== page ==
Saturday, September 25, 2010

This Ain't My First Rodeo

“I was sitting at the bus stop, waiting with 5 or 6 other people, and I was clipping my fingernails. That was when I knew I’d finally become a bus rider,” my friend Liam told me once. After we’d lived in San Francisco and ridden the public transportation system Muni daily for a substantial amount of time, a couple of us hopped on BART, and we were amazed by its posh decor. By Muni standards, BART was built for a king, what with its cushions, carpeting, and capaciousness. “These people are spoiled,” said Liam.

Cut to yesterday’s bus ride to the south side of the island. I got on the rickety wooden-roofed bus at 3:40 p.m. With an nebulous departure time, I took out my book and read to pass the time. Usually by Friday afternoon I’ve worked up a lot of sleep debt, and after 5 or 10 pages, I hit a wall. Since buses here tend to be packed to the gills with people, and since the hard wooden benches have seatbacks that are only about 8 inches high, sleeping on the bus in Samoa can be difficult. I chose to fold myself at the waist and fell asleep resting with my head on my own lap. This takes practice; I don’t think I could have done this when I first arrived in Samoa.

I’m guessing I slept in this position for roughly 25 minutes. I woke up when some kid tumbled past me. Not too long after I awoke, the bus driver started the bus’s engine, and a slew of stragglers got on.

Once the seats are filled on the bus, the common practice is to si’i, people sit on other people’s lap. So as a bunch of guys boarded, the girl across from me asked if I would be willing to have someone sit on my lap. I nodded and told her that was fine.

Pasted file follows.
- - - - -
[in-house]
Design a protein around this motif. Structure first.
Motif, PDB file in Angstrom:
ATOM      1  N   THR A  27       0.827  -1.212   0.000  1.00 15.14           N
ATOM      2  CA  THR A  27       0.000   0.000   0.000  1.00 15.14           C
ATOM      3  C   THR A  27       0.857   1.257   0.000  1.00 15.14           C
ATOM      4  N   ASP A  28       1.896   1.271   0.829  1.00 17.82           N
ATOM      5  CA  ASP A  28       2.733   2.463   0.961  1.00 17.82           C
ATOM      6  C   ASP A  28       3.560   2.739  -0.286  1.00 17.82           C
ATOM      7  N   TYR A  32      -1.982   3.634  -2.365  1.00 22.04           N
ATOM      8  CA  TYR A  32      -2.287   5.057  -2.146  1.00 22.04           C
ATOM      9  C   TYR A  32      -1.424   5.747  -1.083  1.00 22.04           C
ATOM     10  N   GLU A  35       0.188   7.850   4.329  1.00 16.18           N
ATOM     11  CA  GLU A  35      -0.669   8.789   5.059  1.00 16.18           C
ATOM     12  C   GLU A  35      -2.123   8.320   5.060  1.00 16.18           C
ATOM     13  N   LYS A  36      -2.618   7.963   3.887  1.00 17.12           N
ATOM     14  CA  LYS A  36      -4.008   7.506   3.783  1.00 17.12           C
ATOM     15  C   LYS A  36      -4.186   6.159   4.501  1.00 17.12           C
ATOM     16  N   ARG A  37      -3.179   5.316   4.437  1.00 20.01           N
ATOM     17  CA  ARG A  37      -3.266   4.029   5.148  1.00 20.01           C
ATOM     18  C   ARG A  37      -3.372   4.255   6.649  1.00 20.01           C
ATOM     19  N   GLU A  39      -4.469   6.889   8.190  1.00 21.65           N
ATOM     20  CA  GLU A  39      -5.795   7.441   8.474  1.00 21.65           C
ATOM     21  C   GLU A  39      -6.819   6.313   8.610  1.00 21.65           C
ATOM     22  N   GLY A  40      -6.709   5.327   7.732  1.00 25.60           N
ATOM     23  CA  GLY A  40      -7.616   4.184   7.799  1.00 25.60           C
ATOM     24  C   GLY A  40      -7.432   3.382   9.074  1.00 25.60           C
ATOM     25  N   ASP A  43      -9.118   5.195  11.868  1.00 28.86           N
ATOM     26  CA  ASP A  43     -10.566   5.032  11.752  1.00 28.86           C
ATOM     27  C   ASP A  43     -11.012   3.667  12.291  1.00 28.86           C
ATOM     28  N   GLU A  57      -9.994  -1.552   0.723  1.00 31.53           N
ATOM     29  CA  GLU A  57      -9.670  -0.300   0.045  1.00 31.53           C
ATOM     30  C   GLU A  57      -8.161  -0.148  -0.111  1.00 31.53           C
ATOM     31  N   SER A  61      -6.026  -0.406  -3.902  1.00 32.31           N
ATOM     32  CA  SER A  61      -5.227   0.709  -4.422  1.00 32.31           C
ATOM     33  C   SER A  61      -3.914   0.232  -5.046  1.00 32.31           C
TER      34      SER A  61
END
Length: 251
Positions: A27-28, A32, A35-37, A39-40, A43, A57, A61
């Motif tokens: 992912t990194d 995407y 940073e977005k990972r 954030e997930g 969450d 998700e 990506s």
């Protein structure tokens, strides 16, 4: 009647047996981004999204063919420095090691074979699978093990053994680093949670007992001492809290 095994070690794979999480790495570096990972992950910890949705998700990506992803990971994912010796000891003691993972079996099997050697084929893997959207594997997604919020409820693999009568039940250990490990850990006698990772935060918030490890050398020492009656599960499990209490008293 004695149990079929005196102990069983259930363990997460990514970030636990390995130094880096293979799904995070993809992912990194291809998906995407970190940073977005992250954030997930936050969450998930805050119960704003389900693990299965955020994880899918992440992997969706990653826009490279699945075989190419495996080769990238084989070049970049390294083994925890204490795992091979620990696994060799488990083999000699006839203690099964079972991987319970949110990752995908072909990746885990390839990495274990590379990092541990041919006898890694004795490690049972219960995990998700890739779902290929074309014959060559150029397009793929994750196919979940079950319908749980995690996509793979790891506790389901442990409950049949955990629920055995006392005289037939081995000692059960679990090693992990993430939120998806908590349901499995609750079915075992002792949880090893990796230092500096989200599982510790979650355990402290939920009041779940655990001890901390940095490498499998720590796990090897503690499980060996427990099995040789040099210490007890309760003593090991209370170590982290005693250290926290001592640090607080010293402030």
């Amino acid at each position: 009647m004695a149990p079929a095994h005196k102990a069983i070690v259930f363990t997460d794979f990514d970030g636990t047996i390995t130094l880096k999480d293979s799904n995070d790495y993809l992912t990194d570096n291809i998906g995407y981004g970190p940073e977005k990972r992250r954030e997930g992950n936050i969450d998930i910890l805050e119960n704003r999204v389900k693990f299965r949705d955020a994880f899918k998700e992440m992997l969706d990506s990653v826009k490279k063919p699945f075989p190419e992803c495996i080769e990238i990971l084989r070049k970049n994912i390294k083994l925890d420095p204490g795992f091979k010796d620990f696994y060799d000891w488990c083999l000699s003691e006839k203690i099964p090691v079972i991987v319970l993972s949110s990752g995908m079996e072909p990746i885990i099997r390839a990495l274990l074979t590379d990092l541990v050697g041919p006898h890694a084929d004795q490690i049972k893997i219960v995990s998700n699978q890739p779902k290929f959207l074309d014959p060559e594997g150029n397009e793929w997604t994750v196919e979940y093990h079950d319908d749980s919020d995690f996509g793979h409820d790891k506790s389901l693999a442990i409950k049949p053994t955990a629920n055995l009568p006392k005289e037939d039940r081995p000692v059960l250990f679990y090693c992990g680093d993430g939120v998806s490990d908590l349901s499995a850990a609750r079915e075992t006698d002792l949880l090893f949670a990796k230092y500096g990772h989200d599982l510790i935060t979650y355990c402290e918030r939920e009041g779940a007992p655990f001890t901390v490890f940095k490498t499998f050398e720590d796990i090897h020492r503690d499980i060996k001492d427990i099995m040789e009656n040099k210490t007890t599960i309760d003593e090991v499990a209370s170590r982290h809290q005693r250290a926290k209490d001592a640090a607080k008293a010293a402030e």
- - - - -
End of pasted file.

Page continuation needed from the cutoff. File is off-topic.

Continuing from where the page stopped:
She handed the child sitting on her lap to the woman next to her, and then got up and sat on my lap. I should note this is slightly unusual. For the most part, unless a male and female know each other—usually family members of some sort—women sit on other women and men sit on other men. So there was a little bit of social rule-breaking here.

In any case, she sat down on my lap and then turned to me. “Are you sure you’re okay?” she asked.

“Yeah,” I said. “Lē afaina.” No problem.

Very slowly she swiveled her head to look at me. “Have you spoken Samoan the whole time?”

“Yeah,” I said.

“How long have you lived here?” she asked.

“Almost two years.”

“Two years?!”

Yeah, lady. I just folded myself like a map and took a 20 minute nap in the middle of a crowded bus. That’s an advanced skill. It’s not nail clipping, but it’s proof that I’m a bus rider.

I hope you’re well. Pictures from the village below.

Me and the baby. New Facebook photo?

Akanese (in the middle) and friends.

It's hard to tell from this picture, but Akanese is playing jacks with these small rocks.

Keleme again.


Rachael said...

definitely facebook worthy that kid is adorable.

Unknown said...

I love the way you put an island background on your blog title. Care to teach me? :)